Six weeks flat

Chip filtration and separation firm coverts ISO Class 6 cleanroom to ISO Class 5 in tight timeframe

by Mark A. DeSorbo

To transform a 1,000-square-foot ISO Class 6 cleanroom into ISO Class 5 environment in just six weeks may sound like tall order, but Pall Portsmouth Ltd. (Hampshire, England) managed to pull it off.

“We did it in a manufacturing window,” says Stuart Wells, general manager. “We built up a stockpile of products in order to satisfy customers and shut down for six weeks for the upgrade.”

The game plan, however, had a two-pronged strategy; the second part of which was to make cleaner filters for high purity process fluids, gases and water systems used in semiconductor and microelectronics manufacturing environments.

“The filters are very small. You can hold two or three of them in each hand,” says Derek Morse, industrial engineering manager. “Producing them in a cleaner environment was a strategic need to meet product demands. We needed the ability to show that the filters are made in this type of environment in order to supply that market.”

Small structure, bigger problems
With the help of the same contractor who built and installed the ISO Class 6 environment, Clean Room Construction (Kent, England), the upgrade was completed a week ahead schedule, despite tight quarters in a three-story building that required some fancy redesign work to provide a vertical laminar flow that an ISO Class 5 demands.

“The major problem we had was with the very low ceiling on the first-floor,” Morse says. “When it was Class 6, we were just blowing air in from the sides, but the upgrade required a vertical laminar flow and the norm would have been to duct air to the ceiling level.”

The greatest challenge to overcome were the low ceilings in the existing ISO Class 6 cleanroom. The upgrade to ISO Class 5 required the flooring of the second level to be sealed for pressurize plenum that feeds through 36 HEPA filters.
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Because the ceiling space wasn't there for ductwork, the floor above, a biological lab that is part of Pall's testing facility, had to be sealed to prevent cross contamination. “We changed the whole second-floor for a pressurized plenum, which feeds through 36 HEPA filters,” Morse adds.

“It is small, we keep it fairly tight, but by specification, it's as good as you can get,” Wells says.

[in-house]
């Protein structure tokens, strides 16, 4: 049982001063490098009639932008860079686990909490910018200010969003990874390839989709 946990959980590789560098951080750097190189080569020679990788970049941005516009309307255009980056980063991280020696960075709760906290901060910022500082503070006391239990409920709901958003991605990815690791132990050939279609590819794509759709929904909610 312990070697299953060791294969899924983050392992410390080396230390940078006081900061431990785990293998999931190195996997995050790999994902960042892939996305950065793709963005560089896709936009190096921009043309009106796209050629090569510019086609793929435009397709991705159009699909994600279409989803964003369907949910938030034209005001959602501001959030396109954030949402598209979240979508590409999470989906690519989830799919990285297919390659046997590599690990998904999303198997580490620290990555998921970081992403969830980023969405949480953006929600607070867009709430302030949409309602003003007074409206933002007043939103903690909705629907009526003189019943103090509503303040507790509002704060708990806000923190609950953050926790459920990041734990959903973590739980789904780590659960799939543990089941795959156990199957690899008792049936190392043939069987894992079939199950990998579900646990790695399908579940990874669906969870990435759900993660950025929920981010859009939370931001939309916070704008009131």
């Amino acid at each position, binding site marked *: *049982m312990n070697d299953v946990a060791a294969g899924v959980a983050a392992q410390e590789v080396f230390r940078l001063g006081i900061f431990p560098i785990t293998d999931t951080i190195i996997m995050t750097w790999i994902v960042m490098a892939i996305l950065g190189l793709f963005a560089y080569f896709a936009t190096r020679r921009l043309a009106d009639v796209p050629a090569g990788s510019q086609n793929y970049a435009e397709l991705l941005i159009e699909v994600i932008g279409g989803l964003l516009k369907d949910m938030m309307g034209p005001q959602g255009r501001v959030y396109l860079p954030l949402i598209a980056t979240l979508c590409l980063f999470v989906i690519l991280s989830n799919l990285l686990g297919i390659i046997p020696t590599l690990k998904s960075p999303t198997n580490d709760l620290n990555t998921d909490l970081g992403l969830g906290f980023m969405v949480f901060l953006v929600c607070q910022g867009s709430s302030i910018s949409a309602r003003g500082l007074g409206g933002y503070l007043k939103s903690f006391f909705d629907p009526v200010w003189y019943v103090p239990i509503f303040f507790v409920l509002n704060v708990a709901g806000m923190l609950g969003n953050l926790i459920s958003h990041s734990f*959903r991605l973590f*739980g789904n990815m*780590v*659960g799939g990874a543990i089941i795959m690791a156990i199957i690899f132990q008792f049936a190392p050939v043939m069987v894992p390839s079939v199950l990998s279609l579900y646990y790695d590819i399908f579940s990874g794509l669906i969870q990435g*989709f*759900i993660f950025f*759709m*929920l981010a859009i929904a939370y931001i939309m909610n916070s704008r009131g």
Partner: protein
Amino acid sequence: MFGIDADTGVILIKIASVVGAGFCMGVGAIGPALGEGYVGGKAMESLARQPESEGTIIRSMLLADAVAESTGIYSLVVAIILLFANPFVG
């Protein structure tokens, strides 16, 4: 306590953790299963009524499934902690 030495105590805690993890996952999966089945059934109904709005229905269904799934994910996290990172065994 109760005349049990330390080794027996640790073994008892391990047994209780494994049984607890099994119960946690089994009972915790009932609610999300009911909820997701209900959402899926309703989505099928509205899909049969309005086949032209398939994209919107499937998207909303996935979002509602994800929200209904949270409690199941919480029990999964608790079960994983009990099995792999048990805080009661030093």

“Apart from that, there were no real problems,” Morse adds. “It was a turn-key project and it complies with ISO 14644-1.”

Filters in the making
Pall's Portsmouth facility also has an ISO Class 6 cleanroom for research and development that's less than a quarter of the size of the newly upgraded environs.

Wells and Morse, however, are quick to point out one particular special feature of the newly upgraded facility, a degreasing station.

“It will degrease the components in an automatic cycle,” Morse says. “It will put them through two de-ionized water rinse tanks, and then the components go into a drying oven. A conveyor then brings the components into the cleanroom.”

When it was all said and done, the project was within budget and took just six weeks to complete, one week ahead of schedule.
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All stainless steel parts enter the cleanroom through the degreasing station, while the filter medium enters the cleanroom through two airlocks, one near the degreaser and one on the other side of the cleanroom

“We are encapsulating the filter medium inside a stainless steel housing,” Morse adds. “Welding is done in a glovebox in the cleanroom. It uses HEPA filters and is positively pressurized like the cleanroom.”

That means environmental monitoring is an absolute must, and Pall regularly checks flow testing and particle counts down to the nanometer.

“We have laser etching and helium leak detecting as well as bagging and sealing systems, which incorporates helium into the bag to ensure the product is kept in an inert environment,” Morse says.

The temperature of the ISO Class 5 environment is maintained at 68 degrees Fahrenheit (20 degrees Centigrade) +/- 2 degrees. There are no humidity controls, Morse adds, because it is not really an issue “in this part of the country.”

Air is predominately re-circulated with a percentage of constant fresh-air make-up that keeps the environment fresh and replaces lost air. Cleanroom personnel wear full bunny suits, booties, gloves, facemasks, and head covers.

“The market for these filters goes up and down and is subjected to global demand,” Wells adds. “It is in a downturn now, and we are using this time to make an investment so that when the market takes off, we can provide our customers with the product the industry is demanding. We're upgrading because they demand a cleaner product.”

The upgrade at the Portsmouth facility was not the only project Pall has recently completed.

In mid-April, Pall Corp. (Hauppauge, NY) announced the opening of a 75,000-square-foot life sciences facility, where filtration systems will be manufactured for biotechnology, pharmaceuticals and blooding banking.

The filtration systems, including tangential flow filtration (TFF) membranes and cassettes, aim at improving quality and lowering the cost of development of biopharmaceutical products.

“Pall's customers will gain from our streamlined manufacturing and improved process control,” says Leonard L. Krakauer, president of the Hauppauge facility. “Our operations meet the strictest quality standards and qualify for use in the most rigorous biopharmaceutical current good manufacturing (cGMP) applications.”

Key Facts  
Size of facility: 1,000 square feet ISO Class 6 cleanroom that was upgraded to ISO Class 5.
Purpose of facility: Manufacture filtration and separation technologies for the semiconductor and microelectronics environments.
Contractor: Clean Room Construction (Kent, England)


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